From a Washington Post article: ‘The president fired all the ambassadors! He’s issuing executive orders! He’s putting political cronies into trusted positions! He’s declaring his inauguration to be a special national day! Well, of course he is. It’s what presidents do in their first weeks in office. It’s what Bill Clinton, George W. Bush and Barack Obama did, too.’
An incisive, informative, sobering read, which gets better and better:
‘Trump’s opponents — especially in the media — seem determined to overreact on even ordinary matters. This is both unwise and damaging to our political culture. America needs an adversarial press and a sturdy system of checks and balances. Unmodulated shock and outrage, however, not only burn precious credibility among the president’s opponents, but eventually will exhaust the public and increase the already staggering amount of cynicism paralyzing our national political life.’
See, there is such a thing as too much of a good thing. Protest too much, all the time, and be too righteous, too anxious and neurotic, and you end up losing credibility. You lose the will of the citizenry to listen, and with it goes much of the political goodwill needed to stand up for what is decent.
You also lose sight of reality. For example . . .
‘When the Trump administration tweaked Obama’s order on Russia sanctions — in a move to correct an obstacle even Obama did not intend to place in the way of U.S. exports to Russia — several members of Congress charged the White House with rewarding Russia’s interference in the U.S. election. Trump, Rep. Eric Swalwell (D-Calif.) said, was easing sanctions against Russian hackers and the Russian security services, and allowing Russia “to sharpen its knives and import tools from the United States to hack us again.” On the other hand, even Russia hawk Sen. John McCain (R-Ariz.) said the change seemed to be a “technical fix.” But the accusation of lifting sanctions has now been made; should the day arrive when the White House actually does want to alleviate the sanctions against Moscow, such complaints might have less force with a public who has heard it all already.’
Like I said, too much of a good thing — of ANY thing — and the position weakens, and the argument short-circuits.
In summary, the author notes:
‘There’s plenty of cause for worry. I wrote at length for more than a year about why I thought Trump should not be president, and nothing since has eased my concerns about his temperament or policies. I am grieved at the needless insults to our allies in NATO; I believe his phone call with Taiwan was reckless; I am appalled at the closeness between an American administration and the Russian enemy regime led by Vladimir Putin. I could go on . . .’
In fact, he does:
‘Unfortunately, our national debate is instead consumed with overreaction and hysteria, which not only cloud important questions but in the short term paradoxically play to the president’s advantage, no matter how much his opponents wish otherwise. For example, Trump promised a Muslim ban during the campaign. But the executive order now running into multiple challenges is not actually a Muslim ban: It affects the citizens, regardless of faith, of several Muslim-majority countries in the Middle East and Africa but has no relevance to persons of Islamic faith who carry the passports of almost 200 other countries. Nonetheless, pundits and critics — and some Trump surrogates — are happy to call it a Muslim ban. This sends a message to Trump’s voters that he is a decisive leader who has fulfilled his promise, even though he has done no such thing. “I love it when they bash him, because it tells me he’s doing the right thing,” a Wisconsin retiree told the New York Times.’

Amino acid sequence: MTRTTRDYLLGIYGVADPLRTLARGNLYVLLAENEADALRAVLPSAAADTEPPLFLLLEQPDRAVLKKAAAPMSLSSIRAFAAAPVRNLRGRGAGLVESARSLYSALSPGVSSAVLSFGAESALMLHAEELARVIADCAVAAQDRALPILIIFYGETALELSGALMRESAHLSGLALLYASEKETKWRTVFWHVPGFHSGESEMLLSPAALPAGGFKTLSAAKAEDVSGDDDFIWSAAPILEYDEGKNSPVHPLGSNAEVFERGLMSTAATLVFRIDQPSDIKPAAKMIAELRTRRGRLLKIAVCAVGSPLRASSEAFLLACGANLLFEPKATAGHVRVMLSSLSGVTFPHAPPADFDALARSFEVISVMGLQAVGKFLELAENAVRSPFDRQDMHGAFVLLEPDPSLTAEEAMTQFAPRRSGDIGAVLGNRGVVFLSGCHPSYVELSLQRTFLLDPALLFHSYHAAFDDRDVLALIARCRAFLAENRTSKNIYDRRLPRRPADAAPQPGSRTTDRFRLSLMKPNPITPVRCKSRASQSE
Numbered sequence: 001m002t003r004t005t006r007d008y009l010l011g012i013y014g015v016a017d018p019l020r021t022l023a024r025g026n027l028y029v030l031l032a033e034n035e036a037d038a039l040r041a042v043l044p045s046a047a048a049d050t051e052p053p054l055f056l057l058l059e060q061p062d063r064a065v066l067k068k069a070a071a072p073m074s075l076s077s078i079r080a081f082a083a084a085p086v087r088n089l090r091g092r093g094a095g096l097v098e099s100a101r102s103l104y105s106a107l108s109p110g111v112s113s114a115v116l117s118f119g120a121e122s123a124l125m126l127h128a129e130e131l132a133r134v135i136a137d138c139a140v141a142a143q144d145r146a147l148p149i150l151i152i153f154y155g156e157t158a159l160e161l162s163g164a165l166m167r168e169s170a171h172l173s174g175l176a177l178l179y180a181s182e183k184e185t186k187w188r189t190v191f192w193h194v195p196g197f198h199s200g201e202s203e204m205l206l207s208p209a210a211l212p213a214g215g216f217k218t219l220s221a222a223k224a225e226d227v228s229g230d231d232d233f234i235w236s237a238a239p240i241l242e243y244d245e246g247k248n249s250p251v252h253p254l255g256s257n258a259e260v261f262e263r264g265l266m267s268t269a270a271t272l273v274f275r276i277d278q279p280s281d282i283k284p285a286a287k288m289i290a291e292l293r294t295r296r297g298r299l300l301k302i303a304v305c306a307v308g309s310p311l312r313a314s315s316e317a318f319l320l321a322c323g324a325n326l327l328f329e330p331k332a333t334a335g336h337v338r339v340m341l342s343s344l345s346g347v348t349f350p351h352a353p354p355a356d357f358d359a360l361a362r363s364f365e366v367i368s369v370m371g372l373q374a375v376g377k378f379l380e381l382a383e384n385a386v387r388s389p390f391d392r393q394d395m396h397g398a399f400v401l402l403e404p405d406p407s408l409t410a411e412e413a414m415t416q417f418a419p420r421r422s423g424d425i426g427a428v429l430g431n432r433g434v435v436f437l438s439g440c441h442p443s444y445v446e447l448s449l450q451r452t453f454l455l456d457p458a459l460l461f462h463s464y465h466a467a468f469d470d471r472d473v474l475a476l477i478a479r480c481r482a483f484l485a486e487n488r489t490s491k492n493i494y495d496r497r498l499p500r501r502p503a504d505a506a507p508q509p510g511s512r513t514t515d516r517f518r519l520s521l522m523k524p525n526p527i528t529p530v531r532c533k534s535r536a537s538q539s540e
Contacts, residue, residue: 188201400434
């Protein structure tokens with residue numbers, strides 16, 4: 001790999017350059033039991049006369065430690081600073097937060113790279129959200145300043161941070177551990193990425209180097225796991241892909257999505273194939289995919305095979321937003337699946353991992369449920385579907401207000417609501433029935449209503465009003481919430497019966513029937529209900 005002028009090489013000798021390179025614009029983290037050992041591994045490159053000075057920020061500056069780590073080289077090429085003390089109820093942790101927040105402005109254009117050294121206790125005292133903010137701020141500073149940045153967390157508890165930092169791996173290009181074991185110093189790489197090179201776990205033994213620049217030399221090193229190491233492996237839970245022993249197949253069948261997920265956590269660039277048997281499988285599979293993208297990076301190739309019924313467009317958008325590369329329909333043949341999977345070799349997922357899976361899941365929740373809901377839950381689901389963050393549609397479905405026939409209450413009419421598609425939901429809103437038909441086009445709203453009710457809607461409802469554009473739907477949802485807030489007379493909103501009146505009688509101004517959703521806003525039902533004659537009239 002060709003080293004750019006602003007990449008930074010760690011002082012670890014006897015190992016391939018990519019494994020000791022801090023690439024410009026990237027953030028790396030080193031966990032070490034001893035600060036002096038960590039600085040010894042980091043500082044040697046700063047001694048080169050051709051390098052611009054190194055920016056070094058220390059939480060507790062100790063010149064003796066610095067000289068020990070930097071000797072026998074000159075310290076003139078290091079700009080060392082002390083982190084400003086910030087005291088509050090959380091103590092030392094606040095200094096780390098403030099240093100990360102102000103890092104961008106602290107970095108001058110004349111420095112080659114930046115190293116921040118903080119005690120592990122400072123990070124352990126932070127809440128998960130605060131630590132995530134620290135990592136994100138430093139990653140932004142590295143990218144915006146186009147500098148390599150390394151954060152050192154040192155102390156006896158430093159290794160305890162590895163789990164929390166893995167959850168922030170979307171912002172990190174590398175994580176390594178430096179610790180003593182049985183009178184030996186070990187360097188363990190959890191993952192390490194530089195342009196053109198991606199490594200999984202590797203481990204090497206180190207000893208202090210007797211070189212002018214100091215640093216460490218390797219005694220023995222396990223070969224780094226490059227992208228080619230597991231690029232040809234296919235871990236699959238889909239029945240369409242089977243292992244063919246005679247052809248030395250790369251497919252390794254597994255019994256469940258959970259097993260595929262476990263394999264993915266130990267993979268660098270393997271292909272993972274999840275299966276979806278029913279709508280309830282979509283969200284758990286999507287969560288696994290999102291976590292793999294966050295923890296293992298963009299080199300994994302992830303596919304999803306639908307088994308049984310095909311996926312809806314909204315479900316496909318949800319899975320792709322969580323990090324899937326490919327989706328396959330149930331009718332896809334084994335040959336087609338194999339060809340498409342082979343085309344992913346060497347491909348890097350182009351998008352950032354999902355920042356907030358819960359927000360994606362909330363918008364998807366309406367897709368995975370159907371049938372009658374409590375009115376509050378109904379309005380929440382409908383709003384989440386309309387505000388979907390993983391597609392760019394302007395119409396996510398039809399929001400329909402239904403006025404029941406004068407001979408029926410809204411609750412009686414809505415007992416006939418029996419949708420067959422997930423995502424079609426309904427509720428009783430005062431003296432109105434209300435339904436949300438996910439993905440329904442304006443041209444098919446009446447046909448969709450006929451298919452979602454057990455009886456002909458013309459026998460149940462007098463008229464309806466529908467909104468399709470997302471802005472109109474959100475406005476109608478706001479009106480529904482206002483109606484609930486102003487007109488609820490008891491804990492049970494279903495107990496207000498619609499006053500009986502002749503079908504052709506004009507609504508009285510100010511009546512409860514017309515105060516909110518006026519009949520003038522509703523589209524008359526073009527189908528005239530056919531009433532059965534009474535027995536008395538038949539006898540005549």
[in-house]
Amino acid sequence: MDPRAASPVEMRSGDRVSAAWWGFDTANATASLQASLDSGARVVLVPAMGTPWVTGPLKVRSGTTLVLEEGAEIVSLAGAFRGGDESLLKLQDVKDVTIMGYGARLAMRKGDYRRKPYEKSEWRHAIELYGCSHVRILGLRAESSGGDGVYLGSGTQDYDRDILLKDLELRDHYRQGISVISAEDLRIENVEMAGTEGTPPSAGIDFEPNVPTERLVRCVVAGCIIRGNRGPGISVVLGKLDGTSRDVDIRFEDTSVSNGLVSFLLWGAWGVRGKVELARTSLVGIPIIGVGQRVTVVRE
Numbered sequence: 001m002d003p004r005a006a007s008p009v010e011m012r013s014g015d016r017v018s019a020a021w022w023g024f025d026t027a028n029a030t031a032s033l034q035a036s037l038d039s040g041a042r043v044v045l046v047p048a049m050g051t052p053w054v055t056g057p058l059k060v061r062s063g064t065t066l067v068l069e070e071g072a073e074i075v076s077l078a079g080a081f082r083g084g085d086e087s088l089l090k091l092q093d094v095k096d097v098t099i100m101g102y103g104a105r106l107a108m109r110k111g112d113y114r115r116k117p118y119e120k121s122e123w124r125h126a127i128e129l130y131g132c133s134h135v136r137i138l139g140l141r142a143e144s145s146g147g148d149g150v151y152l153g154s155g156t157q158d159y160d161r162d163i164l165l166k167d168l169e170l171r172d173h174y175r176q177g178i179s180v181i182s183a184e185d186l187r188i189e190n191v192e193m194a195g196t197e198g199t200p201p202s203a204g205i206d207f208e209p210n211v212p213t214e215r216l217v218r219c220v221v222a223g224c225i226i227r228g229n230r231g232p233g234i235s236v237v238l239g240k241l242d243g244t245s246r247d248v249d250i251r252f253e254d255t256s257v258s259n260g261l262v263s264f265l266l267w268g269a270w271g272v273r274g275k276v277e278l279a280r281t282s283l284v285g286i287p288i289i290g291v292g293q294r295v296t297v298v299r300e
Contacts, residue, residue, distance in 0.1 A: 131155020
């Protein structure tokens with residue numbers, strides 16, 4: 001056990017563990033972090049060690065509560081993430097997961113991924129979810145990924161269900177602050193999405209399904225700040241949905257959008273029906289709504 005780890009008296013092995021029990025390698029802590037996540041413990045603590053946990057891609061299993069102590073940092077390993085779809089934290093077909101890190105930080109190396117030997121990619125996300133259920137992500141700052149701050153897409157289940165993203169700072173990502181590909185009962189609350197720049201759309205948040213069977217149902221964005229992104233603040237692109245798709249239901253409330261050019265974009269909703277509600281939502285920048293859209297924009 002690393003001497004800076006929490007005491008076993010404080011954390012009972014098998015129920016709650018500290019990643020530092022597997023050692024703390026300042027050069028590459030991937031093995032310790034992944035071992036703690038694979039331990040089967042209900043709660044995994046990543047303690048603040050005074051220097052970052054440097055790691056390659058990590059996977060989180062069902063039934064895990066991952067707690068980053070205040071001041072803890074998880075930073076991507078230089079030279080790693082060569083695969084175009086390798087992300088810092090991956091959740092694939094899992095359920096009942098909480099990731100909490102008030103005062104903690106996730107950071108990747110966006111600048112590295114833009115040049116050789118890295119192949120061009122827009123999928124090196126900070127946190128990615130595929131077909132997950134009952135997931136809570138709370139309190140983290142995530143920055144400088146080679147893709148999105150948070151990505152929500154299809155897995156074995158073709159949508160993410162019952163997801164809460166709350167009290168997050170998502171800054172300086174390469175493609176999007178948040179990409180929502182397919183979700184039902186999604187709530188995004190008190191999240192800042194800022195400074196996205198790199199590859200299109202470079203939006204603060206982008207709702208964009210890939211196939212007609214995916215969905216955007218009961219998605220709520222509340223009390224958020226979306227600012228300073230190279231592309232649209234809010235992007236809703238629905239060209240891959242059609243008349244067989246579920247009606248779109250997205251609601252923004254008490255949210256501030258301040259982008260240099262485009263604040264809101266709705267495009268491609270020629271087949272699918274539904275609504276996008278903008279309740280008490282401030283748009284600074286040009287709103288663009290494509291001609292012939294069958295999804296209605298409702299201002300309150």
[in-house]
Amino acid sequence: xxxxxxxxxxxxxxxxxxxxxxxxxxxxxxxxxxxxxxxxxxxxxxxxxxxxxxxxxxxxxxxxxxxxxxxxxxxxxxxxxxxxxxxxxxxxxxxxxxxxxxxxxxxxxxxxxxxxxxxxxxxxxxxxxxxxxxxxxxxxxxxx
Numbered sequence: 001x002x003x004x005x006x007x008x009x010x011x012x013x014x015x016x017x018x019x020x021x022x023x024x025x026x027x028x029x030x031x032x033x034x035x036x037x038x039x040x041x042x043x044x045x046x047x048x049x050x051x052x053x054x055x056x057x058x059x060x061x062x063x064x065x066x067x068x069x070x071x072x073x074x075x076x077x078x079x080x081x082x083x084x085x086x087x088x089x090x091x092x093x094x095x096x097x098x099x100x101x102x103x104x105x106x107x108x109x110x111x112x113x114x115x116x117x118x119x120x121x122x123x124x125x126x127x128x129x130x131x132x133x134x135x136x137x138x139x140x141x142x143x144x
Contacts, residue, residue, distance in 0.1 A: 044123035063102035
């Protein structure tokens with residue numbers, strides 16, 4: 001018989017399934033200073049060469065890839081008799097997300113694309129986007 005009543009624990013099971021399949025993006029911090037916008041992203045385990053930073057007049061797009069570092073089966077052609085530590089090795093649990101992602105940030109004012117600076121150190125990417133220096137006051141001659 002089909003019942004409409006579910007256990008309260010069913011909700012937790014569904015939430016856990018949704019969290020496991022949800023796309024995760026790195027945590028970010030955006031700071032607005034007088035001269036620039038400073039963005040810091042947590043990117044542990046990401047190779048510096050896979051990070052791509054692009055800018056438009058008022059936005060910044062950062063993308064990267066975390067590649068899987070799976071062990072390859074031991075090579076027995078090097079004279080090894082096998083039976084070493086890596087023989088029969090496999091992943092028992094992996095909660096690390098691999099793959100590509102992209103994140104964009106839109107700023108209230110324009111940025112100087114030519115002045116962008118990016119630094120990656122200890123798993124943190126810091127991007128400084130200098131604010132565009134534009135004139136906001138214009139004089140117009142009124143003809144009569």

In fact, the closer you look, the plot thickens . . .
‘I, too, was upset about the dissolution of the VOA [Voice of America] board and the shift toward using presidential appointees in place of a bipartisan group of governors. I was upset about that, in fact, last year, when that provision was slipped into the National Defense Authorization Act. [note: a bill approved by Obama’s administration!]’
See the problem?
And on the National Security Council debacle . . .
‘It is perfectly reasonable to argue that political advisers should be kept off the council, and it is worrisome, at least to me, to see the roles of senior military and intelligence officials scaled back. Right now, however, we are having very few such discussions. Trump critics instead are in a full-blown outrage over the reality that presidents can pretty much staff the National Security Council the way they want — which has always been the case — thus chasing down a blind alley while leaving aside far more important points [i.e. the scaling back of military and intelligence officials from matters that concern the military / intelligence community].’
In closing, the author warns:
‘A continual state of panic serves no purpose and will eventually numb voters and their institutions to real threats when they inevitably arise.’
From your infuriatingly discerning and ever-collected Spin Doctor, quoting an article in the Washington Post by Tom Nichols,
Eyes open, mind sharp.